What most places in Hawaii call a Mai Tai has very little relation to the original Mai Tai. Trader Vic's 1944 recipe is very boozy and not very sweet, unlike most Hawaiian mai tais. The Hawaiian version has FOUR juices in comparison to the 1944 Trader Vic version (lime juice only).

                        Here's the Trader Vic version:

                        1 oz fresh lime juice

                        1/2 oz orange curacao

                        1/2 oz orgeat

                        1/4 oz simple syrup

                        1 oz aged Jamaican rum (we use Appleton Estate VX usually)

                        1 oz aged Martinique rum (Rhum Clément VSOP or St. James Hors d’Ages)

                        Shake well with plenty of crushed ice. Pour unstrained into a double old-fashioned glass. Sink your spent lime shell into drink. Garnish with a mint sprig.

                        From tiki historian Beachbum Berry's site:

                        "Vic created his Mai Tai to showcase a 17-year-old rum imported by J. Wray & Nephew. “The flavor of this great rum wasn’t meant to be overpowered with heavy additions of fruit juices and flavorings,” warned the Trader, a warning that has since fallen on deaf ears – specifically, the ears of bar owners and tenders who have transformed Vic’s signature drink into crayon-colored liquid candy."

                        The Hawaiian mai tai is an evolution of the Trader Vic recipe, and VERY different. From tiki historian Beachbum Berry's books, about the Hawaiian Mai Tai variation:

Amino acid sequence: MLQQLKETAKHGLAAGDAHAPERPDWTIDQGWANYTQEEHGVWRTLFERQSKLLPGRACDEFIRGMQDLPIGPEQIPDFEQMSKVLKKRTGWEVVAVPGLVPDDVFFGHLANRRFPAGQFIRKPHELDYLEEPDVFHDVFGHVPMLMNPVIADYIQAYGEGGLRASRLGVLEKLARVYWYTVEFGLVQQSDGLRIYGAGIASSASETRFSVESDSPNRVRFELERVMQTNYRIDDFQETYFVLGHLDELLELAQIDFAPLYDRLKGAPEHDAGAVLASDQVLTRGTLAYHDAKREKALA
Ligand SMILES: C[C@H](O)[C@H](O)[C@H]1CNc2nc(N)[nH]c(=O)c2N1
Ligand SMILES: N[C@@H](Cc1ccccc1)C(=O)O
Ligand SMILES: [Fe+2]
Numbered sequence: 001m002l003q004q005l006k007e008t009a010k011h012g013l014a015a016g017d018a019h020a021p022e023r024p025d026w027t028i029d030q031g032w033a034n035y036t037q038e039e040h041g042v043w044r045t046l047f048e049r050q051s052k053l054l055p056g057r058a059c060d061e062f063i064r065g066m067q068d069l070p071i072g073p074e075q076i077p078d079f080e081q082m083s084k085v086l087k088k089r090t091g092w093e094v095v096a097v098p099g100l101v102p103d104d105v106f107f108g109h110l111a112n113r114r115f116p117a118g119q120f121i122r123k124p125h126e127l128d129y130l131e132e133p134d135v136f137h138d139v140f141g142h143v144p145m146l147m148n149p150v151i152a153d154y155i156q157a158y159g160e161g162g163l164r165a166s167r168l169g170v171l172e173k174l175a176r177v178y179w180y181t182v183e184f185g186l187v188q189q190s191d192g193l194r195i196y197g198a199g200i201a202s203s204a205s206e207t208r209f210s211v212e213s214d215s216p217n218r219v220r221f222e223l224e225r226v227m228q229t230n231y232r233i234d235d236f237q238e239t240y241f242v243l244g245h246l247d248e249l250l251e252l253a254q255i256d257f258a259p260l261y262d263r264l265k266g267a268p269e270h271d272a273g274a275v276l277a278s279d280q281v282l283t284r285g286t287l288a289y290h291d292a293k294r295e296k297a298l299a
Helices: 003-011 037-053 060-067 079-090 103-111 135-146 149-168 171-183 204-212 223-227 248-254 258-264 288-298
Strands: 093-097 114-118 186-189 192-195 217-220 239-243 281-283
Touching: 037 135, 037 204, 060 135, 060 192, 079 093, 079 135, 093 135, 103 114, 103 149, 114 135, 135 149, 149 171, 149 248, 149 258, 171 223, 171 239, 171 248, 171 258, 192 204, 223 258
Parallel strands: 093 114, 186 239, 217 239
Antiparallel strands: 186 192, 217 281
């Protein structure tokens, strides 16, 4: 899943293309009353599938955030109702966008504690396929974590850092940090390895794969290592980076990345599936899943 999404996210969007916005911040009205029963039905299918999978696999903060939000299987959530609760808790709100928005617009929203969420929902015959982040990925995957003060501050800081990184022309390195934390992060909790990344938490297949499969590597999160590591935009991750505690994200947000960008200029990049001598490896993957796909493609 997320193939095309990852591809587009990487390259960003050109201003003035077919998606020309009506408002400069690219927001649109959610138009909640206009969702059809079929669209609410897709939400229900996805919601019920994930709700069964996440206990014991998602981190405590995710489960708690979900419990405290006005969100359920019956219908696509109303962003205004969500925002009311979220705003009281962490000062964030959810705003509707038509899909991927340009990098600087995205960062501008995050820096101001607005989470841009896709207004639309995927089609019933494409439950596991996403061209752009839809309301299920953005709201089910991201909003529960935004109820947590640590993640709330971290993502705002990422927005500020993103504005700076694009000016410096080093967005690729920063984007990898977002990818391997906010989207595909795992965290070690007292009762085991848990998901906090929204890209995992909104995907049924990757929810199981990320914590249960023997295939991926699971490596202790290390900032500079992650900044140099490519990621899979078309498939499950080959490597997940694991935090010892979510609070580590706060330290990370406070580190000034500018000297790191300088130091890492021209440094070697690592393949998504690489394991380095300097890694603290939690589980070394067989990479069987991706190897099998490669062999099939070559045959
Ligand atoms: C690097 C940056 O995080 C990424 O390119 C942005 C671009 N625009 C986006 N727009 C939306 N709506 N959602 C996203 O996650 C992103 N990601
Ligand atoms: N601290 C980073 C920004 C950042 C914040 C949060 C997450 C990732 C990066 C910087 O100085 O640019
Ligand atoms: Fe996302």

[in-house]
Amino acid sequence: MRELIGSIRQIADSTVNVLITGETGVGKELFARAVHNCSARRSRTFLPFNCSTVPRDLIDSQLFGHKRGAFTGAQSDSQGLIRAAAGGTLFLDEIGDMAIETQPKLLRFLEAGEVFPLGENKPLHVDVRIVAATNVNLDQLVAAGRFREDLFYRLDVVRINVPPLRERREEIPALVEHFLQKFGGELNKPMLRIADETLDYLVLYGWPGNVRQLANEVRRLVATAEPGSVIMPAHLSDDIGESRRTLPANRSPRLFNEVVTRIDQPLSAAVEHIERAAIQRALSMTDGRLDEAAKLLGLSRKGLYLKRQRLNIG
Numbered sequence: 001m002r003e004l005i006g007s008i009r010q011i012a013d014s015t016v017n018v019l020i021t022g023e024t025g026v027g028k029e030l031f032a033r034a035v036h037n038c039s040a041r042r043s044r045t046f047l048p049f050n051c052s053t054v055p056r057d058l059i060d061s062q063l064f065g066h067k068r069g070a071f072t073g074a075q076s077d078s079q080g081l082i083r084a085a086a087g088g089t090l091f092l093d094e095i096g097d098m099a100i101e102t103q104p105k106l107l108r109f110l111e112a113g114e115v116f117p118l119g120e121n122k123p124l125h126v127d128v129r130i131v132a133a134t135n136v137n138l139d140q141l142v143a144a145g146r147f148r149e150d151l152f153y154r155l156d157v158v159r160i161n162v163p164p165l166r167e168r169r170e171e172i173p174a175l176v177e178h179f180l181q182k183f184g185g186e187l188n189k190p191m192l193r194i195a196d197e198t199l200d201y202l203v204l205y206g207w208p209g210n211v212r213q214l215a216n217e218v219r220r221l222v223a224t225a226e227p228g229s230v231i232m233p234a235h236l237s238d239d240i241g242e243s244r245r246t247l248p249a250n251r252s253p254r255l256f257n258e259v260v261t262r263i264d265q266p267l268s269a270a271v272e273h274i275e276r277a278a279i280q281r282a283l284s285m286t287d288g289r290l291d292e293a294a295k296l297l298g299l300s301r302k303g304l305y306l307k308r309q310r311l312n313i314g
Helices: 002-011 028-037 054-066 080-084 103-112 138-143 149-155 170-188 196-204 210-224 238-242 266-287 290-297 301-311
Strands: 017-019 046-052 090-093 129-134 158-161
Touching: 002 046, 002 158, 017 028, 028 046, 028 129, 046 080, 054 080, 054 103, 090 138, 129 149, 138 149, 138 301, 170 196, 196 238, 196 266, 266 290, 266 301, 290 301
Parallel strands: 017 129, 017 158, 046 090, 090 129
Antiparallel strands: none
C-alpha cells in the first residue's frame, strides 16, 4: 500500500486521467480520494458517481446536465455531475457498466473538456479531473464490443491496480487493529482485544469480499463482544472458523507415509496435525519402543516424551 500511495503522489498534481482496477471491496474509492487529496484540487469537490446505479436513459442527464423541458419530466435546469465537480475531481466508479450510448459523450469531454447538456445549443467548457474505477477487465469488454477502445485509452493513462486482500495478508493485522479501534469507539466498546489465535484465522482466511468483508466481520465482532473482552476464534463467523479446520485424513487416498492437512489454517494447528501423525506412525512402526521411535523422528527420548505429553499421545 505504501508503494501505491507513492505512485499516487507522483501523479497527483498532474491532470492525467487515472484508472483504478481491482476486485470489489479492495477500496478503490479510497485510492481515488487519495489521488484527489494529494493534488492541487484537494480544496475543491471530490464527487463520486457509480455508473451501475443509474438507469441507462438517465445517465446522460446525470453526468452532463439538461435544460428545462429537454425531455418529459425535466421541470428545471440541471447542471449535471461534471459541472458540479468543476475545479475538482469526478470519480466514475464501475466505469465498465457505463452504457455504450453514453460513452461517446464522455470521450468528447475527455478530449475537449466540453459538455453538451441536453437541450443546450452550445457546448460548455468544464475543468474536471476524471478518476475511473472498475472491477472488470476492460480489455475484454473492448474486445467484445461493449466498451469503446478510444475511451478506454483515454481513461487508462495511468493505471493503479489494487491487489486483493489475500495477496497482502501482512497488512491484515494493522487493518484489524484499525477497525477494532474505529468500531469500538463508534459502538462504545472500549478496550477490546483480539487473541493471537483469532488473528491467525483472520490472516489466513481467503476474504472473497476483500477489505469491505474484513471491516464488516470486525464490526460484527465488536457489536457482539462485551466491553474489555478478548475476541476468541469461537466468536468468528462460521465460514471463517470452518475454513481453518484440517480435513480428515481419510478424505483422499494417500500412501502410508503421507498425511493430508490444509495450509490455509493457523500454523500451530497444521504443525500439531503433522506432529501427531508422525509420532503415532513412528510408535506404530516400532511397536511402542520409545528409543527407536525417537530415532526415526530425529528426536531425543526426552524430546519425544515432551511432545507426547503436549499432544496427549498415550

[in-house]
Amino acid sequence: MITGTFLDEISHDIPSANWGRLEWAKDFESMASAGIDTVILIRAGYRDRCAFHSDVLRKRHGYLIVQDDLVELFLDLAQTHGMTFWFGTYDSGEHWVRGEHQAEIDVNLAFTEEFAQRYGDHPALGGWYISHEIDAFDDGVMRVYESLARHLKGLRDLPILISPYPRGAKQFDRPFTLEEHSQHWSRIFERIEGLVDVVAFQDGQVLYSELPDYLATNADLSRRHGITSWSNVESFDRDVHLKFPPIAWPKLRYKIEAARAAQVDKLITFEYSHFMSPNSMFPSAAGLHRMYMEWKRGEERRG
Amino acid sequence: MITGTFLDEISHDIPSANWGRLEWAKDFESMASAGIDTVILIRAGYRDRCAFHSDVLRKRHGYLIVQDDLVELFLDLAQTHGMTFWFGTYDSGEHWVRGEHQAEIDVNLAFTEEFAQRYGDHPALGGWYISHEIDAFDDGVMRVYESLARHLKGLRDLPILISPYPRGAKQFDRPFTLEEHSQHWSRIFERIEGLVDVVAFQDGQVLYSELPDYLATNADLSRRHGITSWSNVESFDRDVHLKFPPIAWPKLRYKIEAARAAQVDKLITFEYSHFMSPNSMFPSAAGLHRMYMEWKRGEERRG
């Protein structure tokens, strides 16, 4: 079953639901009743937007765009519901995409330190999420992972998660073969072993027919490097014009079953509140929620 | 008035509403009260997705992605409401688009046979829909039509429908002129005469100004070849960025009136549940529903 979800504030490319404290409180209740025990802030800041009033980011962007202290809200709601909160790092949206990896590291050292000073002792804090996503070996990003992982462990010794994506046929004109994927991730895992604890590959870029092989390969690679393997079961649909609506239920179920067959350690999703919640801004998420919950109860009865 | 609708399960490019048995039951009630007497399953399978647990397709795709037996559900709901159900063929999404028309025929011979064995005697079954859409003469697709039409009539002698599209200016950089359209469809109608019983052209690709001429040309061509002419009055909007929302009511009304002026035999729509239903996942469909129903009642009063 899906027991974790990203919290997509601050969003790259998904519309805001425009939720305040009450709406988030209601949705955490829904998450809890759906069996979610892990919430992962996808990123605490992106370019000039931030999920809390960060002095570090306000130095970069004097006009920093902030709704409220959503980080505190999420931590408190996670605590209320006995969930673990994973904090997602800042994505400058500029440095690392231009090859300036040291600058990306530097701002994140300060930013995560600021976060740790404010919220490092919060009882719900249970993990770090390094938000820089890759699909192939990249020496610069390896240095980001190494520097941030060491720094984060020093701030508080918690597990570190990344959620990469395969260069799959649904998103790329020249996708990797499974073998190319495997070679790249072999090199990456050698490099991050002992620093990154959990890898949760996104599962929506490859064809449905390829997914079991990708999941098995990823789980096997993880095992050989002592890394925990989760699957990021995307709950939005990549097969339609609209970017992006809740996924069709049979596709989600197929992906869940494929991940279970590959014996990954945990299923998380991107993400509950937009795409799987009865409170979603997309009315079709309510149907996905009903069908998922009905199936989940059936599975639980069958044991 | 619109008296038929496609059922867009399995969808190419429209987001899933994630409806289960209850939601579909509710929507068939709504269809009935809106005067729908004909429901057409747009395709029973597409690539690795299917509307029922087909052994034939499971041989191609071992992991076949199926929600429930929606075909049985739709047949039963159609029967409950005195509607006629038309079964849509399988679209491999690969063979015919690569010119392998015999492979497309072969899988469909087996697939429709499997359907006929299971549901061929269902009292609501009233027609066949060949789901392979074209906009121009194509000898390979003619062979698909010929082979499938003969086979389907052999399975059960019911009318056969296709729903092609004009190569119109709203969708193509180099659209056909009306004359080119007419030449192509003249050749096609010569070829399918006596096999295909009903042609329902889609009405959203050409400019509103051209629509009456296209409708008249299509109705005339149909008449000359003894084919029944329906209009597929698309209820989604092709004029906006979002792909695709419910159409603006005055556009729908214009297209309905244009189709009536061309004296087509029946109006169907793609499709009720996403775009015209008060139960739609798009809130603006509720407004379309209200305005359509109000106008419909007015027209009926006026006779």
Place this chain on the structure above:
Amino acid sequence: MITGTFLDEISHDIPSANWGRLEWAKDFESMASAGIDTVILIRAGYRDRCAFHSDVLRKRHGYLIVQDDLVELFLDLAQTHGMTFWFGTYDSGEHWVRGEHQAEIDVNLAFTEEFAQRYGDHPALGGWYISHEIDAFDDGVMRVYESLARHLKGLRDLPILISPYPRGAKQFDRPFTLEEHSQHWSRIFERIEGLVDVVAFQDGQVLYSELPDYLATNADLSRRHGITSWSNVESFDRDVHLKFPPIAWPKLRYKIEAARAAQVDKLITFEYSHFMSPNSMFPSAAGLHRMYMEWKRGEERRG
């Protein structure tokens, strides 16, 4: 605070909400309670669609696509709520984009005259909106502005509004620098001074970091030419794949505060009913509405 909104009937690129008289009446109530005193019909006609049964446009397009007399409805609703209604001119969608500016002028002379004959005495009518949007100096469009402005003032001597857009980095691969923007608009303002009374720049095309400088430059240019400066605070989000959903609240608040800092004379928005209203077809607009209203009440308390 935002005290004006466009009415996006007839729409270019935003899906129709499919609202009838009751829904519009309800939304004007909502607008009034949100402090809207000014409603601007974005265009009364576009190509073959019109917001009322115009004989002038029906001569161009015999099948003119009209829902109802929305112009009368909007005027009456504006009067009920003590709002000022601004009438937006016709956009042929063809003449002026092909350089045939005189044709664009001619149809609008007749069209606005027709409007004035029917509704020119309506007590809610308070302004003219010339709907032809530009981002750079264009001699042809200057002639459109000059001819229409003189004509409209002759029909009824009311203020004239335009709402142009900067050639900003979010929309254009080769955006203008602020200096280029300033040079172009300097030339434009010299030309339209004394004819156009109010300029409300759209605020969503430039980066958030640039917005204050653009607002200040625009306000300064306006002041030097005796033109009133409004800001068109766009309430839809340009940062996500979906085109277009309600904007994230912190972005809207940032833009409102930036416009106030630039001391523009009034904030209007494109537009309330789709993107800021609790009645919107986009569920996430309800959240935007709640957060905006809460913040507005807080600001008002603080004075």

"From the Surf Bar of the Royal Hawaiian Hotel, Waikiki Beach, where Trader Vic introduced his original Mai Tai to the islands in 1953. Over the ensuing years, this recipe (which dates from 1971) evolved from Vic’s into its present form.

                        Mai Tai (Hawaiian)

                        * 1 oz. orange juice, fresh

                        * 1 oz. pineapple juice, unsweetened

                        * 1/2 oz. lime juice, fresh

                        * 1/4 oz. lemon juice, fresh

                        * 1/4 oz. orange curacao

                        * 1/4 oz. orgeat syrup

                        * 1/4 oz. simple syrup

                        * 1 oz. Demerara rum

                        * 1 oz. dark Jamaican rum

                        * 1 oz. light Puerto Rican rum

                        Shake well with plenty of crushed ice. Pour unstrained into a double old-fashioned glass. Garnish with a pineapple finger, sugar can stick, orchid, and mint sprig."

                        I really enjoy Hawaiian Mai Tais, and as you can see it is a completely different drink in Hawaii, especially taking into account the sweetness of the orange juice and pineapple juice.

                        But they both have lime juice, curacao, and orgeat. Without the curacao and orgeat, what you have is rum and juice. I would not call that a Mai Tai. Neither recipe does any sort of float of dark rum, either, or have lilikoi or any POG (which is basically sugar water) or whatever random stuff bars do nowadays, and still try to call it a "Mai Tai." It may be tasty but it's not a Mai Tai. There's very little consistency in what constitutes a Mai Tai.

                        Additionally, when Don the Beachcomber & Trader Vic were alive, you didn't have all of these Hawaiian local rums, so who knows how they might have tweaked their recipes for Koloa rum, etc.

                        Both men were also INCREDIBLY secretive about their recipes so if you were a competing bar or restaurant, you could only guess what was in the drink. So naturally the copiers' recipes would be "off."

                        Vic’s original goal was “creating a drink that would be the finest drink we could make, using the finest ingredients we could find.”

                        So the tastiest Mai Tais will come from using good ice, high quality rums, fresh lime juice, high quality orgeat (most of what is sold is artificially flavored so the best places make their own with real almonds), and by jiggering/measuring the ingredients and tasting the results before serving the drink. Bars that do this are the exception, not the rule.